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Home Brew Forums > Home Brewing Beer > Beginners Beer Brewing Forum > Problems with First Shot at Pale Ale
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Old 09-17-2010, 04:34 PM   #1
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Default Problems with First Shot at Pale Ale

Hi-

I brewed my second batch of beer I've ever made last night. I made an American Wheat beer about a year and ahalf ago from a kit and it turned out fine. This time, I went for a regular Pale Ale. I also didn't use a kit but got a recipe and got my own ingredients. It was more complicated than the first time.

So, I brewed this thing last night and followed the directions to (what I thought) a "T." I encountered what I think were some problems late in the brewing process and I'm hoping some experts on here can provide some insight.

Everything seemed to be going fine until I started to siphon the wort into hte fermenter. After the 1 hr boil, I cooled my wort in the brewing kettle in an ice bath to get the temp down fast. It worked and I got the wort down to about 93 degrees F before siphoning into the fermenter.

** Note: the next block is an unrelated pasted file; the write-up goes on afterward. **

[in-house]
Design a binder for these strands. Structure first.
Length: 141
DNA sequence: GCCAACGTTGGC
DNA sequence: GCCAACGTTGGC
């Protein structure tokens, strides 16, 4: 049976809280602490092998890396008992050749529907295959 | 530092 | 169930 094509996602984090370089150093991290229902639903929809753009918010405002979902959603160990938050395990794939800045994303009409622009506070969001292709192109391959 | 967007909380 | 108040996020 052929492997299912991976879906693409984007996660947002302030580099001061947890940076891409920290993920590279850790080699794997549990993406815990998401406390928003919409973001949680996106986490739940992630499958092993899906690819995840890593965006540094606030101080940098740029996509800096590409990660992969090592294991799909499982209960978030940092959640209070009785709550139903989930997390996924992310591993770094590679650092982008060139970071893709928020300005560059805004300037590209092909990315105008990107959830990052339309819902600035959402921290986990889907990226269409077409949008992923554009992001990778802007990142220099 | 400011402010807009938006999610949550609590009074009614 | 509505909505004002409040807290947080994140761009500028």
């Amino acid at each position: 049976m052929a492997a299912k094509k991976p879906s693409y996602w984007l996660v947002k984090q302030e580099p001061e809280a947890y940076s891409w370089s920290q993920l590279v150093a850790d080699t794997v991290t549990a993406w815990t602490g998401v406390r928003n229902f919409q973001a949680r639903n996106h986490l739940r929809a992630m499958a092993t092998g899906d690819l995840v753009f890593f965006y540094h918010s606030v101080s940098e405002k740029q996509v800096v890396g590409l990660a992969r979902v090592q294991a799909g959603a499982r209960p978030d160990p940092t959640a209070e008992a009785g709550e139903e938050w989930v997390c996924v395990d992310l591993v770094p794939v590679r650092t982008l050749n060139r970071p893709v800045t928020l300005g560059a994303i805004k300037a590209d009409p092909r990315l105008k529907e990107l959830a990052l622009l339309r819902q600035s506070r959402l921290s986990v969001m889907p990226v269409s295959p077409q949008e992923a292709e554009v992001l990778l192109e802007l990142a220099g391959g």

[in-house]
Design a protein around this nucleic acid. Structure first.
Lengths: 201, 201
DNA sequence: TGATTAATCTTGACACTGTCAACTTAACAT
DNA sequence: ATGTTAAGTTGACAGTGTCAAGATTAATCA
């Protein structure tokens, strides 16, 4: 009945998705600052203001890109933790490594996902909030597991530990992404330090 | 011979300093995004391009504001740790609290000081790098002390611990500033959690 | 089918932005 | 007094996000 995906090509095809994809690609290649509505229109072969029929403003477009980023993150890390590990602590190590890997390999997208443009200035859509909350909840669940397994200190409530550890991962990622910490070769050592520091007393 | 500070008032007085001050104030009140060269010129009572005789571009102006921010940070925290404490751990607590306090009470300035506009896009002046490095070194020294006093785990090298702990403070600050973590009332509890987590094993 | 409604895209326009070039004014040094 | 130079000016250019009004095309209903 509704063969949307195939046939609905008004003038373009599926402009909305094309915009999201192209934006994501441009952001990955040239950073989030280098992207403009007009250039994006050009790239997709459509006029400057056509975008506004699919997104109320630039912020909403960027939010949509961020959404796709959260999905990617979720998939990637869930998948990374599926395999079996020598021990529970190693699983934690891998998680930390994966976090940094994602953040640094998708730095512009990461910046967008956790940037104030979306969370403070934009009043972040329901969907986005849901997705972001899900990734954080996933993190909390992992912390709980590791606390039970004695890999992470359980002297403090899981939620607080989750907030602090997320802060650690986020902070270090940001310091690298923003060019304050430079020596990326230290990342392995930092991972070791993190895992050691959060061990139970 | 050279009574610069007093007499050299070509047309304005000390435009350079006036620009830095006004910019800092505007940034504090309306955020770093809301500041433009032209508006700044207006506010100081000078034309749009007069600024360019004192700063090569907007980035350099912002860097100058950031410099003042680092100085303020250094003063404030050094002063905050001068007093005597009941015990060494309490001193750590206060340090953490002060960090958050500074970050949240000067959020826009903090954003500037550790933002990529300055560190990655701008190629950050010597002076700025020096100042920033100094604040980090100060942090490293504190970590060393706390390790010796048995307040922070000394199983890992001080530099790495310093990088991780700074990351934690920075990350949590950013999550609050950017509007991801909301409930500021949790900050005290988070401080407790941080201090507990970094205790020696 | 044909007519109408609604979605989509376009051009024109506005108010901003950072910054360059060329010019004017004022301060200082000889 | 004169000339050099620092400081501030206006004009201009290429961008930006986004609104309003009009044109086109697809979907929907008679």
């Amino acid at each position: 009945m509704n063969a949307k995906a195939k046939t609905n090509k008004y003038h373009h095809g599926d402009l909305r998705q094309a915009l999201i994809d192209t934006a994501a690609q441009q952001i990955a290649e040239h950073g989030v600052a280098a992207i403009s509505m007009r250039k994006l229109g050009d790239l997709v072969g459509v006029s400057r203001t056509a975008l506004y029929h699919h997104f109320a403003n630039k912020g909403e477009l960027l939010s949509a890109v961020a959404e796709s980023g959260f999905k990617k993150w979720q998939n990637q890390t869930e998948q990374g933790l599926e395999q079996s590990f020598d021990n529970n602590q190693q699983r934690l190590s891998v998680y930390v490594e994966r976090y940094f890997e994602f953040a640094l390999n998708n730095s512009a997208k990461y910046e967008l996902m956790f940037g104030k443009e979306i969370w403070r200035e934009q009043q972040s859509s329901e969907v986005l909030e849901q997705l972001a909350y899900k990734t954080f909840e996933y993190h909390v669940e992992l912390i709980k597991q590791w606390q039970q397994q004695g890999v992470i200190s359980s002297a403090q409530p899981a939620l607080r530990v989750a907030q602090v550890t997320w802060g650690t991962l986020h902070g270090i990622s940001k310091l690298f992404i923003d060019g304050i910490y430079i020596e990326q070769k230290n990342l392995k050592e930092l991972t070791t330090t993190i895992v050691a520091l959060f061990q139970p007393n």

When I started siphoning, I had problems getting it to work, because hops kept clogging the hose. I mean, a lot of hops. It took FOREVER to get the wort into the fermenter.

This did not happen last time I brewed. Is this a problem? Could I have used to much hops? I don't think so. I'm pretty darn sure I followed the recipe correctly but maybe not. I used 1.25 oz fuggles first flavoring; 1.75 oz fuggles second flavoring; and .5 oz goldings for aromatic. The hops I got were plugs and came in bags marked "2 x .5 oz" which I assume means 2 plugs in the packet, each measured at .5 oz, right? I

steeped 12 oz. 20 lvbnd amber crystal malt prior to the boil, and used 6.6 lbs Munton's light extract and 1 lb dry light extract. This is what the recipe called for.